Albert S. Broussard, via email
Having started life in Plainview, I have vivid memories of the Granada Theatre, especially seeing Elvis movies like Spinout, Clambake, and Speedway there (it seemed that for a while, that was all that came to town) [Lead]. The Saturday matinee popcorn fights were often far more fun than watching Elvis.
When Interstate 27 bypasses were created around communities like Plainview and Tulia, they seemed to cut out the heart of the town. So for that reason alone, I wish Mr. Holland well in his efforts. I left Plainview in my rearview mirror long ago, but I seem to carry a piece of this community with me wherever I go and in whatever I do. Plainview deserves a crown jewel, and the Granada is a diamond worth polishing and celebrating.
Reb Wayne, Austin
Good interview with Scott Henson [Chat]. I have followed Grits for Breakfast for many years. I had to chuckle when Scott said he writes Grits for himself and not us. Using the blog to validate or adjust his own thinking is actually quite admirable. Few deep thinkers would do that. I’ve commented on Grits before, and the few times I’ve written intelligently enough for Scott to respond, well, I guess I can say I might have contributed to something.
Scott’s views are dead-on concerning incarceration rates, the number of deaths while incarcerated, and prison health care, among other issues. He has been a voice of reason for many years, and it is good to see his appointment as director of the Innocence Project of Texas, as it raises that voice by a few decibels.
Tiapa, via texasmonthly.com
Prosecutors who misuse the power granted them by the state will not be deterred until their own sentences become equal to the years spent in prison by the people they wrongly convicted [Behind the Lines]. Then the state should pay the innocent person a minimum of $1 million per year for each year confined since the original arrest date, plus reimbursement for all costs associated with his defense.
Ammoalamo, via texasmonthly.com
The same mentality that allows a DPS trooper to abuse his authority during a “routine traffic stop” is the same mentality that allows this type of miscarriage of justice to go on for decades. This isn’t even an isolated case. There isn’t nearly enough actual justice in Texas, and far too much sanctioned vigilantism by public servants.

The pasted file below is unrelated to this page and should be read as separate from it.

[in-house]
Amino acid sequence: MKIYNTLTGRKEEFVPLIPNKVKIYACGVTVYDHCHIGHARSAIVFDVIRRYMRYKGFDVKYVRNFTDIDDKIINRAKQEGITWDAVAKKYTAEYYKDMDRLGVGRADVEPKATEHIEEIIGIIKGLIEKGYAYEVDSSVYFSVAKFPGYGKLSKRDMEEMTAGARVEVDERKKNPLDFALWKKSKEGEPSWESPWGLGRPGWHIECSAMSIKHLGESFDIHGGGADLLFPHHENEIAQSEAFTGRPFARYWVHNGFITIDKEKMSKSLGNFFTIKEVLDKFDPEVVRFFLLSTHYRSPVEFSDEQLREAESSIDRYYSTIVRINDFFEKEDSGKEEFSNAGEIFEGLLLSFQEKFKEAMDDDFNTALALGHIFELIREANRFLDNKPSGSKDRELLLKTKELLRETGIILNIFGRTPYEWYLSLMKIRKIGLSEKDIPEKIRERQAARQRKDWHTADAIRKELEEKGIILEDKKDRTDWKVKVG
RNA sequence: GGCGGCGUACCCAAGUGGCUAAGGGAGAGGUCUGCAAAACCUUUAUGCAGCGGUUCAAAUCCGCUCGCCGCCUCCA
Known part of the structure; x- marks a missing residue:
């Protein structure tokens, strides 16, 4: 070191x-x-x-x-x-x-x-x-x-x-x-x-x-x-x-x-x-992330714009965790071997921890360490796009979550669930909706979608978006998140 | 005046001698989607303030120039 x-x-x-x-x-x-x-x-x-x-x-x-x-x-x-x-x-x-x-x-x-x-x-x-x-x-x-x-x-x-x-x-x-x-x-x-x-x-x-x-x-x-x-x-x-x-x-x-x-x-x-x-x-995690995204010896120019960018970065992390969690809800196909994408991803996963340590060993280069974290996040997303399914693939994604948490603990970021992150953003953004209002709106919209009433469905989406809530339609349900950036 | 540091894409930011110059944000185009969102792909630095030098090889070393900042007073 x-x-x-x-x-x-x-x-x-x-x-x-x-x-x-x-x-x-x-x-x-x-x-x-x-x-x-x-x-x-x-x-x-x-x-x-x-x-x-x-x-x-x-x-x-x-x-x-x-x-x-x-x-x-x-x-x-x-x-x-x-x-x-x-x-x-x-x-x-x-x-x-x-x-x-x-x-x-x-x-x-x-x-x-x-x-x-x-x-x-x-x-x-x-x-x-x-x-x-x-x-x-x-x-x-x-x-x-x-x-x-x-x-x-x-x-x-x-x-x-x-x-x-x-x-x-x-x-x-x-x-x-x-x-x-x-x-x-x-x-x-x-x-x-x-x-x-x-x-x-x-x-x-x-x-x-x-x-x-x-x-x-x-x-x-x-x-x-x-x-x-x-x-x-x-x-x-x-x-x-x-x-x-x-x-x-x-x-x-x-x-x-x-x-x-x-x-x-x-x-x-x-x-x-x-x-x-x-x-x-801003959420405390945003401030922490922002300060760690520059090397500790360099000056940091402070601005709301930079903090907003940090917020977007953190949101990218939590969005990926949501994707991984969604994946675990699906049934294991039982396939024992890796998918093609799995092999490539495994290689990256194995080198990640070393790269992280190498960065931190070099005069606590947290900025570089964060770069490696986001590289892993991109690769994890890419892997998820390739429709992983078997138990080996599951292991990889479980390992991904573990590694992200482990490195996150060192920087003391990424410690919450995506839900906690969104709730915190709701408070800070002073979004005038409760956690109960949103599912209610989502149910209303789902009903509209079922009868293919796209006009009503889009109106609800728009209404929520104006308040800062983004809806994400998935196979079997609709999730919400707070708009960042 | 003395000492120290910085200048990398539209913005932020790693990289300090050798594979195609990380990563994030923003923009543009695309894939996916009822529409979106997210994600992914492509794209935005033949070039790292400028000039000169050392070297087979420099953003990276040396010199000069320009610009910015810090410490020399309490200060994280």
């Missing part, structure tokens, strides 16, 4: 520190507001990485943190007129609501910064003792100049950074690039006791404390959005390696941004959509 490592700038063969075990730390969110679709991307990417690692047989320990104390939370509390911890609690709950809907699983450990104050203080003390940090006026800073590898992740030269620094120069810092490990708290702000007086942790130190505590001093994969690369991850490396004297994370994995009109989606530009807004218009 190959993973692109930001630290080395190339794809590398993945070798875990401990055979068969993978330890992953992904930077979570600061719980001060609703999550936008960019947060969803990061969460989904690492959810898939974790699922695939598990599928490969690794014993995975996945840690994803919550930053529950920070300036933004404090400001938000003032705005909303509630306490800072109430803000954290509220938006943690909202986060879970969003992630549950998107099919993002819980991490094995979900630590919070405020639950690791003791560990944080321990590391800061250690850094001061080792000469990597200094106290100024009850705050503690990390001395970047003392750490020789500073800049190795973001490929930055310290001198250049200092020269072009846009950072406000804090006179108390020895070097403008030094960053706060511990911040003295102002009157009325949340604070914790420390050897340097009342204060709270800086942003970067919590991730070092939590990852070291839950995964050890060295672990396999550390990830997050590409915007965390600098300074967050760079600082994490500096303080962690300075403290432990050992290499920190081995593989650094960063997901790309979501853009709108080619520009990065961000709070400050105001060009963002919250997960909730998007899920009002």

Diane Treider, via Facebook
“George Bailey . . . declared the addition of sugar to cornbread ‘an idea born of the devil.’ ” Preach it, @TexasMonthly [Vittles].
Kolby Kiwitzky, via Twitter
Completely with you on the “no sugar” bandwagon (although I am in favor of frivolous women).
Dave in Texas, via texasmonthly.com
@TexasMonthly, I went from #TexasSheetCake—my wife’s is WOW—to #Cornbread and never left #Heaven.
Chris Arrington, via Twitter
I was surprised that the Texanist did not give his Marble Falls reader more complete information on the classic Texas chocolate sheet cake. First published in the Austin Heritage Cook Book, it is generally known as the Driskill’s 1886 Room Chocolate Sheet Cake (named after the Austin hotel’s founding date/restaurant). I’ve found it at the bakery at Central Market in Houston, but it’s so easy to make (and so popular) that any Texas baker can whip one up in no time. Tip: use the extra-dark Hershey’s cocoa powder and it’s even better!
Alan J. Hurwitz, Houston
The secret is, do not use an electric mixer when making this cake.
Mary Jeffers, Hamilton
I first baked this cake in 1960, when a friend in Marshall gave me the recipe. The first direction for this recipe was to use a large, deep cookie sheet (hence the name). And a comment to the writer of the letter: please make one. I’m assuming you have your grandmother’s recipe! Takes a little time, but it is not difficult, and I’m certain it will be delicious! But please use Texas pecans, not coconut, or it won’t be a Texas sheet cake!
Jeanie Philpot, via email